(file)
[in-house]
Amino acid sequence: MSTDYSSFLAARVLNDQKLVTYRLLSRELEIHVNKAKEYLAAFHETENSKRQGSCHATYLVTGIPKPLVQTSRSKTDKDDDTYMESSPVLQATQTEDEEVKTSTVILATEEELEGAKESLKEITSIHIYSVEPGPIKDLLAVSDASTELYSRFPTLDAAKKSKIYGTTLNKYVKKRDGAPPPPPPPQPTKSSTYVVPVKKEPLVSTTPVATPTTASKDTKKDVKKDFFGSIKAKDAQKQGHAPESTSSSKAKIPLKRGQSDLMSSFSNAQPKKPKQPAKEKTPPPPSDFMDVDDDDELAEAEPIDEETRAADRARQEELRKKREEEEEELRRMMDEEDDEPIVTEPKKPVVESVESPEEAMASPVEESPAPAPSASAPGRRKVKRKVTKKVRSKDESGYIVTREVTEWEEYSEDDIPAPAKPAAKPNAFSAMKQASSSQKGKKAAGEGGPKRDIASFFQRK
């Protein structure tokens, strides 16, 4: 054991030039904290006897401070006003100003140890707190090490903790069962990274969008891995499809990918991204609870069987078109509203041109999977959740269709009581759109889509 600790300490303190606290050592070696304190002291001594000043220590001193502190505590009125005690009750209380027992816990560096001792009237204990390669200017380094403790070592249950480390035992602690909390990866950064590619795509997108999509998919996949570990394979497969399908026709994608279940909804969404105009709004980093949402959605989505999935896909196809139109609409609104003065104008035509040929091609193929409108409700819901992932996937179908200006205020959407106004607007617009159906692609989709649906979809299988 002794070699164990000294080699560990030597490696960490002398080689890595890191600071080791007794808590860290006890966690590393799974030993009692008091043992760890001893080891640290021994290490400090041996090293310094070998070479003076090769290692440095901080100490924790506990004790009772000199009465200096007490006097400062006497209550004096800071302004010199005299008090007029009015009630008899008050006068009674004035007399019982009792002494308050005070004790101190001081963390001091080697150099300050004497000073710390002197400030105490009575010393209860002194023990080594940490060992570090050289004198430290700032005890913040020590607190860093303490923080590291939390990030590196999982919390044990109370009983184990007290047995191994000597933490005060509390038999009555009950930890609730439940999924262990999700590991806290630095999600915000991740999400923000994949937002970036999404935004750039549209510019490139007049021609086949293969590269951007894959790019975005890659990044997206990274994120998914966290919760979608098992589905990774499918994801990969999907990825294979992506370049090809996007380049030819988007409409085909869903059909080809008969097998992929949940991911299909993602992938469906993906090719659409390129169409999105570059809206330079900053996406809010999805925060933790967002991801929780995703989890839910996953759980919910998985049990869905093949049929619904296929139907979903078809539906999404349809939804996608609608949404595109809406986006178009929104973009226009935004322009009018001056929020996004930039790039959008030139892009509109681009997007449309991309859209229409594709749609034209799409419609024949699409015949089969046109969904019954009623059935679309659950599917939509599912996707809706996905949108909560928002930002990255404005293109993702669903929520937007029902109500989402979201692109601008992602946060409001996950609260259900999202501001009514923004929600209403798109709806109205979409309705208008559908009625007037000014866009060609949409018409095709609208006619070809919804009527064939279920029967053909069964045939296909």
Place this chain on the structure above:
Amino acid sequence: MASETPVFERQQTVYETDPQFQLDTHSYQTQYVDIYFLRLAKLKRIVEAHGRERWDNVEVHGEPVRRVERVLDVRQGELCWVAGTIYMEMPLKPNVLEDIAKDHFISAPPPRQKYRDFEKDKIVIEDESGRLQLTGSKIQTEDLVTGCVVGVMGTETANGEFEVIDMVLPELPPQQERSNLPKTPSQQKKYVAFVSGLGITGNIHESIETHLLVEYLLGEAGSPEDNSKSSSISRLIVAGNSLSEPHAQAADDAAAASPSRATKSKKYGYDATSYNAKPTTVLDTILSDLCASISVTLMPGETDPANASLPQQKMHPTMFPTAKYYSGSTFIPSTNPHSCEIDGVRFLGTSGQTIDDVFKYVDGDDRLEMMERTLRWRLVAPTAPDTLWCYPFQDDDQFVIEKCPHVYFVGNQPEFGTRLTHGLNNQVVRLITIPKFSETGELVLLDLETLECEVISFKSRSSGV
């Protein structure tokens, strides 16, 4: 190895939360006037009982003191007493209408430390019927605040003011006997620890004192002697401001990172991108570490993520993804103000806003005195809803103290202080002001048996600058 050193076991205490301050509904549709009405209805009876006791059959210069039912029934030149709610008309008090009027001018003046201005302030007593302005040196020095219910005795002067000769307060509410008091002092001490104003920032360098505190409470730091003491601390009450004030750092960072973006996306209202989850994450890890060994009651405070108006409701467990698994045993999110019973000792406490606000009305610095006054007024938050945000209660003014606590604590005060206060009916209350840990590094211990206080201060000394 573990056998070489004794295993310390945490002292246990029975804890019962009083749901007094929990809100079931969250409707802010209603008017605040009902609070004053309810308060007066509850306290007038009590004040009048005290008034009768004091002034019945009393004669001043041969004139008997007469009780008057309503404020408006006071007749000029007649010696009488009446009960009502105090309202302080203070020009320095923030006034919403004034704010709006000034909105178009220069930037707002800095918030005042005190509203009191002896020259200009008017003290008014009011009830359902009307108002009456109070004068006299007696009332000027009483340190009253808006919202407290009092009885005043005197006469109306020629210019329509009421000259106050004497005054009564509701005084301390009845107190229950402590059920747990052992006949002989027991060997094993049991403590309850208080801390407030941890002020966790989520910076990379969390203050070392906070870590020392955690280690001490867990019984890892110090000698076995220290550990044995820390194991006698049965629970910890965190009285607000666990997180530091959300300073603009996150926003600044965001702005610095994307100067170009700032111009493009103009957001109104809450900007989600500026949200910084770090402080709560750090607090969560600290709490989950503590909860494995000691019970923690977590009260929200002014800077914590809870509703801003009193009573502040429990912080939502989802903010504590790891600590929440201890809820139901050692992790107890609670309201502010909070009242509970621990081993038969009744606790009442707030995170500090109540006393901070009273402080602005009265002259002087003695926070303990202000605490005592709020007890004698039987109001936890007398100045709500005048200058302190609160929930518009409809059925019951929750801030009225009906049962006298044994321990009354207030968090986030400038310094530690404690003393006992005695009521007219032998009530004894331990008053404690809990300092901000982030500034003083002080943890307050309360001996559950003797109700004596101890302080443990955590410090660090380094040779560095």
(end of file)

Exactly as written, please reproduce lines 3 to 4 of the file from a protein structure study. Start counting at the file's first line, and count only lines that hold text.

């Protein structure tokens, strides 16, 4: 054991030039904290006897401070006003100003140890707190090490903790069962990274969008891995499809990918991204609870069987078109509203041109999977959740269709009581759109889509 600790300490303190606290050592070696304190002291001594000043220590001193502190505590009125005690009750209380027992816990560096001792009237204990390669200017380094403790070592249950480390035992602690909390990866950064590619795509997108999509998919996949570990394979497969399908026709994608279940909804969404105009709004980093949402959605989505999935896909196809139109609409609104003065104008035509040929091609193929409108409700819901992932996937179908200006205020959407106004607007617009159906692609989709649906979809299988 002794070699164990000294080699560990030597490696960490002398080689890595890191600071080791007794808590860290006890966690590393799974030993009692008091043992760890001893080891640290021994290490400090041996090293310094070998070479003076090769290692440095901080100490924790506990004790009772000199009465200096007490006097400062006497209550004096800071302004010199005299008090007029009015009630008899008050006068009674004035007399019982009792002494308050005070004790101190001081963390001091080697150099300050004497000073710390002197400030105490009575010393209860002194023990080594940490060992570090050289004198430290700032005890913040020590607190860093303490923080590291939390990030590196999982919390044990109370009983184990007290047995191994000597933490005060509390038999009555009950930890609730439940999924262990999700590991806290630095999600915000991740999400923000994949937002970036999404935004750039549209510019490139007049021609086949293969590269951007894959790019975005890659990044997206990274994120998914966290919760979608098992589905990774499918994801990969999907990825294979992506370049090809996007380049030819988007409409085909869903059909080809008969097998992929949940991911299909993602992938469906993906090719659409390129169409999105570059809206330079900053996406809010999805925060933790967002991801929780995703989890839910996953759980919910998985049990869905093949049929619904296929139907979903078809539906999404349809939804996608609608949404595109809406986006178009929104973009226009935004322009009018001056929020996004930039790039959008030139892009509109681009997007449309991309859209229409594709749609034209799409419609024949699409015949089969046109969904019954009623059935679309659950599917939509599912996707809706996905949108909560928002930002990255404005293109993702669903929520937007029902109500989402979201692109601008992602946060409001996950609260259900999202501001009514923004929600209403798109709806109205979409309705208008559908009625007037000014866009060609949409018409095709609208006619070809919804009527064939279920029967053909069964045939296909």
Place this chain on the structure above: